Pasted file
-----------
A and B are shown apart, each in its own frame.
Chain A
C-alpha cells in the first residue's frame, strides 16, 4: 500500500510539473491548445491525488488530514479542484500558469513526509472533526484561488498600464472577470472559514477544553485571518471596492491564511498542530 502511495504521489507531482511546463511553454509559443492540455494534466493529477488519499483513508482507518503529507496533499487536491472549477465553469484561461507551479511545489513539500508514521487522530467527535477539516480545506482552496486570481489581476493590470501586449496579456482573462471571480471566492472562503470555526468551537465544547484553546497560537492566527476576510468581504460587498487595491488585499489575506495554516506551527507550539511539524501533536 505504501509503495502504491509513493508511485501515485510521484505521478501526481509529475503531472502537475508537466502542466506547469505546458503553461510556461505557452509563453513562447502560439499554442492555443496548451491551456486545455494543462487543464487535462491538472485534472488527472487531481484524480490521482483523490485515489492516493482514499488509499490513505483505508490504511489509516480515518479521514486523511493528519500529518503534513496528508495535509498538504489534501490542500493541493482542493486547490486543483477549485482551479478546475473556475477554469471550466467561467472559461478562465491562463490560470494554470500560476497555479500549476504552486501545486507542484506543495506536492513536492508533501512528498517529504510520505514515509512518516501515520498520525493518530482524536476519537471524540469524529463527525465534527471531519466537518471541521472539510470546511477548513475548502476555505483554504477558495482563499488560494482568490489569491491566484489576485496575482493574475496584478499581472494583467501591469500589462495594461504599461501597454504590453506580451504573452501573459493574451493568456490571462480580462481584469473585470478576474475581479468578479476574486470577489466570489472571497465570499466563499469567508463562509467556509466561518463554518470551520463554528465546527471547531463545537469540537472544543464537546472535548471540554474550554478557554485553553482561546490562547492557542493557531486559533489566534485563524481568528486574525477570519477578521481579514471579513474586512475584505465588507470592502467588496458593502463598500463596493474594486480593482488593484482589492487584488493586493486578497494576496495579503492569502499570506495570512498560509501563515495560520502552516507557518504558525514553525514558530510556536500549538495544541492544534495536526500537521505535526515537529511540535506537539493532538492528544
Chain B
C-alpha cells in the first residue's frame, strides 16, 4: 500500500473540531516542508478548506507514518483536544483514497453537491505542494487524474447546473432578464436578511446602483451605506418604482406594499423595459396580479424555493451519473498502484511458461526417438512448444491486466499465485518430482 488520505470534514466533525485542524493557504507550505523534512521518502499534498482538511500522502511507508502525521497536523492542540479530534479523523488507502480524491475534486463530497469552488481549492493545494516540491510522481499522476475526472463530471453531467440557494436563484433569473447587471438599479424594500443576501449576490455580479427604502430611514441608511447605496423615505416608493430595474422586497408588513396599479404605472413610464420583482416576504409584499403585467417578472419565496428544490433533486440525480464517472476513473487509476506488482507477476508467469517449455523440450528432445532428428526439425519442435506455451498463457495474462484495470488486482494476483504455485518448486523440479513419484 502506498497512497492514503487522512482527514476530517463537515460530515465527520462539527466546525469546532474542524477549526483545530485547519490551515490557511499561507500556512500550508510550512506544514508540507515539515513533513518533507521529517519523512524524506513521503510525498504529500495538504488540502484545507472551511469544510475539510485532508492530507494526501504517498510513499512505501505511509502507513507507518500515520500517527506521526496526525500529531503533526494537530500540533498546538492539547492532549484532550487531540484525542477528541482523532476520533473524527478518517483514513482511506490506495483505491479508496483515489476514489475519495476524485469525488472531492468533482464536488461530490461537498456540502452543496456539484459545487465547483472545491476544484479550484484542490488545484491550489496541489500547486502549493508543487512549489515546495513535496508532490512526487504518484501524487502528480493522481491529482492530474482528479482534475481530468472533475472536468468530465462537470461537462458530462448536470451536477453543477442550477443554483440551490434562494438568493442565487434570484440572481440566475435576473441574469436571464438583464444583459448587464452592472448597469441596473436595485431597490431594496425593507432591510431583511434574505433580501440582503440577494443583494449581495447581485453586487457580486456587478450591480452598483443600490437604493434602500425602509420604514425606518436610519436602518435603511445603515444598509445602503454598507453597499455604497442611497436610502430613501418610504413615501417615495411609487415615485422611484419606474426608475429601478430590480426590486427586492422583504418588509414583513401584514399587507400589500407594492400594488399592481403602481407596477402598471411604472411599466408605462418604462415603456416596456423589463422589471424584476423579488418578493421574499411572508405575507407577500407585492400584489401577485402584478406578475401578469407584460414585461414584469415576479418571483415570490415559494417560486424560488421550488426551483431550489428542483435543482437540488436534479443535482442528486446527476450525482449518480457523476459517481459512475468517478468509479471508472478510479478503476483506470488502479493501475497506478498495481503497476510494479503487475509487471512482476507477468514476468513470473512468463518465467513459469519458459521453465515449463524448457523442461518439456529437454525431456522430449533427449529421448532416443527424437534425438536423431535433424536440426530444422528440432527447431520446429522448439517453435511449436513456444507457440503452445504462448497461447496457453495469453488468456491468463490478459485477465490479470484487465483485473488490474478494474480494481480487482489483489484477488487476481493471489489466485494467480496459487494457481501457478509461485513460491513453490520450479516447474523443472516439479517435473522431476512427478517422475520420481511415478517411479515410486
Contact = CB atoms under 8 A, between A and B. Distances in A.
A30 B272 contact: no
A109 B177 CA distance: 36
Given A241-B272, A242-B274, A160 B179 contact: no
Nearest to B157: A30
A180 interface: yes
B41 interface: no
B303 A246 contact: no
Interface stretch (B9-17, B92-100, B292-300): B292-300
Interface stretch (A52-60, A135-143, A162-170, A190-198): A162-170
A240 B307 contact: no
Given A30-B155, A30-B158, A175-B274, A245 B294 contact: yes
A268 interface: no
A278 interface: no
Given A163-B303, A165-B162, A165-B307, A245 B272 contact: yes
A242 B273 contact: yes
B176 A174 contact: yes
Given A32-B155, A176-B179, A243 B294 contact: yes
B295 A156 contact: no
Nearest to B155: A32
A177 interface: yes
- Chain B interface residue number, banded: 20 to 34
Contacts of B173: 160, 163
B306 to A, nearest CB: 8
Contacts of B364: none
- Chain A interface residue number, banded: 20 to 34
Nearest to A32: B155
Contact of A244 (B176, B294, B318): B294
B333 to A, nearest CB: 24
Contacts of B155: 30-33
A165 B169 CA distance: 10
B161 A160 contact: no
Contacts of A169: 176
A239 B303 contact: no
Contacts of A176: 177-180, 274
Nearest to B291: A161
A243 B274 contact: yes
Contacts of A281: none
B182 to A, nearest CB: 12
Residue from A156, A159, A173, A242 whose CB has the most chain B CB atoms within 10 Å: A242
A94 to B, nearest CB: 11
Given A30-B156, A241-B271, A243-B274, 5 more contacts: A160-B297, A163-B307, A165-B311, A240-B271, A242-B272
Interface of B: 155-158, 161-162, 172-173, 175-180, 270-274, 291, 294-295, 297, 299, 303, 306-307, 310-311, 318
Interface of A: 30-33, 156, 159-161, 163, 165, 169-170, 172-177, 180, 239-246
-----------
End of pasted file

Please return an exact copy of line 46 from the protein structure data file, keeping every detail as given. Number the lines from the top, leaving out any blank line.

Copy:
A94 to B, nearest CB: 11